“It sounded like a hundred jets, just this roar getting louder and louder and louder,” says Matt.
It was 1:30am on 31 December 2019. Matt was asleep at home, when he awoke to what he initially thought was the sound of strong winds. It was only when he looked out his window and saw that everything was orange, he knew it was a bushfire. The biggest he had ever seen.
“I grabbed my cats…knocked over the 200-litre drum with water in it and put the cats in them and threw them in the back of the car. I grabbed my clothes and I jumped in the car and went to my neighbours.”
By the time he got to his neighbours’ house, everything around it was on fire. Having lived in the bush most of his life, and in the remote town of Club Terrace in Victoria’s East Gippsland region for the last ten years, Matt understood the lay of the land. He knew that his neighbours’ place at least stood a chance at being defended from the massive fire-wall that had encircled the property.
So he got to work.
“All the paddock in the front was going. I put that out, watched it go to the right of me, up into the bush. Then I turned and watched the fire come over the left-hand side of me; I got rid of that one. I raced down the hayshed, put that out,” recalls Matt.
“Then I looked up the driveway to where my place was and watched it burn.”
He did try to save his home. He had spent the last ten years working on it so that it was completely self-sufficient. Off the grid.
“I’ve never seen a fire this big. It was huge. It went off like an atomic bomb. It was grabbing the tops of trees and twisting them off like a stick of celery, throwing them out into the paddock. Then the rest of the trees, which were probably about 15-20 metres high, got thrown down and broken in half,” Matt remembers.
He spent the next week staying on the floor of his neighbour’s house with nothing more than a mattress to sleep on and a bucket for a seat.
When the roads were finally open, Matt made his way down to Bairnsdale evacuation centre where Red Cross was helping to provide relief for those impacted by the fires.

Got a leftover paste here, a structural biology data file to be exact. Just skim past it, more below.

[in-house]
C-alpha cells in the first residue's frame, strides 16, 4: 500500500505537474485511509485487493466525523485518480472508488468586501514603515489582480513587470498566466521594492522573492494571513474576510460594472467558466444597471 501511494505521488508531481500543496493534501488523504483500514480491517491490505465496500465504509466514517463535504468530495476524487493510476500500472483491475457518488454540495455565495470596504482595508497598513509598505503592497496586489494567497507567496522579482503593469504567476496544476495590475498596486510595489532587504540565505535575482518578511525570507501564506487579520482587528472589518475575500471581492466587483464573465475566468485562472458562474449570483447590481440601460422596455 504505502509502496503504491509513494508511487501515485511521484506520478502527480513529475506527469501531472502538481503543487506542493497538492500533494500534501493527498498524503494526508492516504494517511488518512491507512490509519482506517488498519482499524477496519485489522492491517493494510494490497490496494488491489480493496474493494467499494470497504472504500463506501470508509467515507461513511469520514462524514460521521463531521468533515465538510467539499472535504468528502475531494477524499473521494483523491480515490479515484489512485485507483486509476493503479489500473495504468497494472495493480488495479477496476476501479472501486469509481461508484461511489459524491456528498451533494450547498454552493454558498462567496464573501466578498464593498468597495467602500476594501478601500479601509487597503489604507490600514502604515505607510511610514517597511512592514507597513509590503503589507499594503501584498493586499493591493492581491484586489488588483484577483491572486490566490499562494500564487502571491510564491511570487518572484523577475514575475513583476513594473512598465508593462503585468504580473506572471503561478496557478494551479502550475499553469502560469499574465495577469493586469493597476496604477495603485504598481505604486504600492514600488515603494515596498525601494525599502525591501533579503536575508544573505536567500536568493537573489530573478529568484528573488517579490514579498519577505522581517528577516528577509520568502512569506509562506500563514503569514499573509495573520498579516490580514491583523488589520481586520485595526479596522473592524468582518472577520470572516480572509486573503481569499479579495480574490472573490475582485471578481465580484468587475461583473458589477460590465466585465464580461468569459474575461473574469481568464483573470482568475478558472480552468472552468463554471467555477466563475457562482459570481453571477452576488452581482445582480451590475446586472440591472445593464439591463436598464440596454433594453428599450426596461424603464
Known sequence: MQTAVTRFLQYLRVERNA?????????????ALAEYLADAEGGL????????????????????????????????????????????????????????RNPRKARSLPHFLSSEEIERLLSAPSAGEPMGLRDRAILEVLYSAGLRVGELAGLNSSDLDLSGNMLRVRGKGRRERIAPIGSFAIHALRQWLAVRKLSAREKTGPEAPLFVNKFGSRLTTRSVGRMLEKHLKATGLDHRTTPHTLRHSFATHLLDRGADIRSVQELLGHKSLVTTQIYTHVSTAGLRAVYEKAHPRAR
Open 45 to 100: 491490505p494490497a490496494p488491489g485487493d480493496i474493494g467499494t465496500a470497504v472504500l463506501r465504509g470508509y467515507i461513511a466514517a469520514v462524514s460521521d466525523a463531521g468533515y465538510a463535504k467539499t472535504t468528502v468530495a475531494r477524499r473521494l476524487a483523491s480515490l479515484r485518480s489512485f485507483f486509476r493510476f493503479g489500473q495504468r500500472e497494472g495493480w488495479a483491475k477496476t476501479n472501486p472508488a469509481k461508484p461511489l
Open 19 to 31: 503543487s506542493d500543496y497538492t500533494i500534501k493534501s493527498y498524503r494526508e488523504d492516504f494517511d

“Matt came in very distressed. It was just pure distress,” says Red Cross volunteer Janet, who was working at the relief centre at the time.
“He lost everything. One of our volunteers Farida sat down and registered him with Register.Find.Reunite. I spent some time with him, gave him one-to-one-care and I stayed with him through the rest of his journey. We were then able to link him in with the Red Cross Emergency Grant, which means that he’ll soon have $5000 to help him start his life again,” says Janet.
Two weeks on from the fire that destroyed his home, Matt is only just beginning on the long road to recovery, “I’m numb. Numb from the house burning down, just – I don’t know. No emotions really,” says Matt.
Despite this, he is already planning what he will need to rebuild.
“The (Red Cross) money is going to help me. I need a fridge, probably a 200-300 amp-hour battery, a couple of fold-out solar panels just to get started. And then that way, once I’ve got the fridge I can at least get food then, borrow a tent off someone and start from scratch again,” says Matt.
The Club Terrace that Matt has known for the past ten years is all but gone. Only four or five houses remain. Everything is black, burnt. The enormous cacophony of gum trees that once stood, towering over everything are now nothing more than burnt sticks, protruding from the ground, raised like scar tissue, scattered across the landscape. The ground is completely covered in three-inch-deep black soot. Matt says it’s like walking on powdered snow.
“I’ve got to start again…but Red Cross hooked me up with everything. I didn’t know what to do until I came here (to the relief centre) but then the Red Cross grabbed me, put me under their wing and away I went,” says Matt.